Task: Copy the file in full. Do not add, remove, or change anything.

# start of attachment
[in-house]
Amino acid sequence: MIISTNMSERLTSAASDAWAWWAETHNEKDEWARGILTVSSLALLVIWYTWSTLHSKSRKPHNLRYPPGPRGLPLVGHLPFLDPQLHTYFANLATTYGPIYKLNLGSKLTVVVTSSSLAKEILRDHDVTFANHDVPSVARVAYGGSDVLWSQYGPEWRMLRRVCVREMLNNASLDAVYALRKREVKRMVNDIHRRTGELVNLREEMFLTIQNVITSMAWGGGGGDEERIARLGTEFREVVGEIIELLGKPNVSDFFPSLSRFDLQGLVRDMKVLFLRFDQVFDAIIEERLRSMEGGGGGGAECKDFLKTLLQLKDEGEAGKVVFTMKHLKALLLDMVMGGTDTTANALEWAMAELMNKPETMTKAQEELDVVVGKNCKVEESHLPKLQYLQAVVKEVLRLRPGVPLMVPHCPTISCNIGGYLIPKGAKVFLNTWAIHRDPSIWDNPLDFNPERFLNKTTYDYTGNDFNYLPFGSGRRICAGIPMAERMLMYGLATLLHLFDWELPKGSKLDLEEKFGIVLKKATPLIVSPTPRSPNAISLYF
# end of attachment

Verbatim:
[in-house]
Amino acid sequence: MIISTNMSERLTSAASDAWAWWAETHNEKDEWARGILTVSSLALLVIWYTWSTLHSKSRKPHNLRYPPGPRGLPLVGHLPFLDPQLHTYFANLATTYGPIYKLNLGSKLTVVVTSSSLAKEILRDHDVTFANHDVPSVARVAYGGSDVLWSQYGPEWRMLRRVCVREMLNNASLDAVYALRKREVKRMVNDIHRRTGELVNLREEMFLTIQNVITSMAWGGGGGDEERIARLGTEFREVVGEIIELLGKPNVSDFFPSLSRFDLQGLVRDMKVLFLRFDQVFDAIIEERLRSMEGGGGGGAECKDFLKTLLQLKDEGEAGKVVFTMKHLKALLLDMVMGGTDTTANALEWAMAELMNKPETMTKAQEELDVVVGKNCKVEESHLPKLQYLQAVVKEVLRLRPGVPLMVPHCPTISCNIGGYLIPKGAKVFLNTWAIHRDPSIWDNPLDFNPERFLNKTTYDYTGNDFNYLPFGSGRRICAGIPMAERMLMYGLATLLHLFDWELPKGSKLDLEEKFGIVLKKATPLIVSPTPRSPNAISLYF